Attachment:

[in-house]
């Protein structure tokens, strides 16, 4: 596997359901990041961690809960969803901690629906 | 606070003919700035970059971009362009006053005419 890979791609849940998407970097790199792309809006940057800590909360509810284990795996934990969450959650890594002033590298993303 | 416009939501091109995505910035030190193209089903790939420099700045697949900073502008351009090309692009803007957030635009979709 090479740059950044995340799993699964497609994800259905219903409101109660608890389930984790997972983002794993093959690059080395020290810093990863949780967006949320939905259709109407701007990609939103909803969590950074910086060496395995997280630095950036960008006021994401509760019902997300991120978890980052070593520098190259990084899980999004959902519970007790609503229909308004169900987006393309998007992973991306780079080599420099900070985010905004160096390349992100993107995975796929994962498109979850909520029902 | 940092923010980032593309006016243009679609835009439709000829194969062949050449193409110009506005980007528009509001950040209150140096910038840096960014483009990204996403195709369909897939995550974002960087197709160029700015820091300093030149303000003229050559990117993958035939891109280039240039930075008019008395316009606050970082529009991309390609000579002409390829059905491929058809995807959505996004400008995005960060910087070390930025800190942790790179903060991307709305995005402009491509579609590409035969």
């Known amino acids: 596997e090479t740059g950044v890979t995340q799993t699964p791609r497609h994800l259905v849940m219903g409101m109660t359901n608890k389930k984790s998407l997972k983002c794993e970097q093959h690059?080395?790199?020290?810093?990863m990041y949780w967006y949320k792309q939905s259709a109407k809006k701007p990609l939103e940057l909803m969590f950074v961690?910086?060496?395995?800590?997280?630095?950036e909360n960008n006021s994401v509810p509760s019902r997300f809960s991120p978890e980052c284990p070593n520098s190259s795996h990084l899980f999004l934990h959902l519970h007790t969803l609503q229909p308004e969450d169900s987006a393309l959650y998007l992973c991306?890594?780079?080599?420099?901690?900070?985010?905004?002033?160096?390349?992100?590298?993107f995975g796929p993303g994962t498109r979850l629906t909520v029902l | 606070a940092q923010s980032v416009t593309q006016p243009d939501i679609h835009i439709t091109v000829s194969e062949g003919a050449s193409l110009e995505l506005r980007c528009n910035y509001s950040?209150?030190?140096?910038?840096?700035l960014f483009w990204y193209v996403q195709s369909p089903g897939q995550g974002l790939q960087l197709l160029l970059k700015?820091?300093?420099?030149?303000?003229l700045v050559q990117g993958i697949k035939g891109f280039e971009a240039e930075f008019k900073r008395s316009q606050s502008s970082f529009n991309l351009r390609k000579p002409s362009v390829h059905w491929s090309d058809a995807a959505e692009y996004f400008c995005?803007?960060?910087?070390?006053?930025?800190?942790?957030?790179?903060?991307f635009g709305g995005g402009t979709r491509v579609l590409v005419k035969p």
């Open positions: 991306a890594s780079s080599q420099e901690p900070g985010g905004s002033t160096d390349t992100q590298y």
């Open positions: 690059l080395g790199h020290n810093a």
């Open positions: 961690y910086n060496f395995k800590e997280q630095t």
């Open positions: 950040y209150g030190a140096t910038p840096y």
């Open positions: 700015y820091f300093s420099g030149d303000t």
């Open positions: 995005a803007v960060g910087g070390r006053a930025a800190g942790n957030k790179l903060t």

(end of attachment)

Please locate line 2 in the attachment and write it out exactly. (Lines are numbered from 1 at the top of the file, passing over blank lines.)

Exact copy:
């Protein structure tokens, strides 16, 4: 596997359901990041961690809960969803901690629906 | 606070003919700035970059971009362009006053005419 890979791609849940998407970097790199792309809006940057800590909360509810284990795996934990969450959650890594002033590298993303 | 416009939501091109995505910035030190193209089903790939420099700045697949900073502008351009090309692009803007957030635009979709 090479740059950044995340799993699964497609994800259905219903409101109660608890389930984790997972983002794993093959690059080395020290810093990863949780967006949320939905259709109407701007990609939103909803969590950074910086060496395995997280630095950036960008006021994401509760019902997300991120978890980052070593520098190259990084899980999004959902519970007790609503229909308004169900987006393309998007992973991306780079080599420099900070985010905004160096390349992100993107995975796929994962498109979850909520029902 | 940092923010980032593309006016243009679609835009439709000829194969062949050449193409110009506005980007528009509001950040209150140096910038840096960014483009990204996403195709369909897939995550974002960087197709160029700015820091300093030149303000003229050559990117993958035939891109280039240039930075008019008395316009606050970082529009991309390609000579002409390829059905491929058809995807959505996004400008995005960060910087070390930025800190942790790179903060991307709305995005402009491509579609590409035969």